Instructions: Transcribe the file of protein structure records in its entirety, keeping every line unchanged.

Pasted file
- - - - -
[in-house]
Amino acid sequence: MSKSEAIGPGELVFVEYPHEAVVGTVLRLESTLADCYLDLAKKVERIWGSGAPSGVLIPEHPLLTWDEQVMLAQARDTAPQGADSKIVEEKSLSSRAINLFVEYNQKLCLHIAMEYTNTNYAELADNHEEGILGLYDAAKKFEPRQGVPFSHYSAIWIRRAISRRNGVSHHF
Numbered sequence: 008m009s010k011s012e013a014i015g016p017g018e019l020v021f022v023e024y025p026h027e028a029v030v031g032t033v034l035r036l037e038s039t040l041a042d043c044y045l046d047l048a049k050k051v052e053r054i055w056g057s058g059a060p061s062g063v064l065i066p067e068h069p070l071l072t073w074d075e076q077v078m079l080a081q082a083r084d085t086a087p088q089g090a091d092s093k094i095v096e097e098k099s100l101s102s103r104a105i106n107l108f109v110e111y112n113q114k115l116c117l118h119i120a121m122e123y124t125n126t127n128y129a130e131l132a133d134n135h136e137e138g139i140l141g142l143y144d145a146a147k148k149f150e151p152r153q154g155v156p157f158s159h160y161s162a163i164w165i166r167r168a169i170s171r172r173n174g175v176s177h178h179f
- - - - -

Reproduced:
[in-house]
Amino acid sequence: MSKSEAIGPGELVFVEYPHEAVVGTVLRLESTLADCYLDLAKKVERIWGSGAPSGVLIPEHPLLTWDEQVMLAQARDTAPQGADSKIVEEKSLSSRAINLFVEYNQKLCLHIAMEYTNTNYAELADNHEEGILGLYDAAKKFEPRQGVPFSHYSAIWIRRAISRRNGVSHHF
Numbered sequence: 008m009s010k011s012e013a014i015g016p017g018e019l020v021f022v023e024y025p026h027e028a029v030v031g032t033v034l035r036l037e038s039t040l041a042d043c044y045l046d047l048a049k050k051v052e053r054i055w056g057s058g059a060p061s062g063v064l065i066p067e068h069p070l071l072t073w074d075e076q077v078m079l080a081q082a083r084d085t086a087p088q089g090a091d092s093k094i095v096e097e098k099s100l101s102s103r104a105i106n107l108f109v110e111y112n113q114k115l116c117l118h119i120a121m122e123y124t125n126t127n128y129a130e131l132a133d134n135h136e137e138g139i140l141g142l143y144d145a146a147k148k149f150e151p152r153q154g155v156p157f158s159h160y161s162a163i164w165i166r167r168a169i170s171r172r173n174g175v176s177h178h179f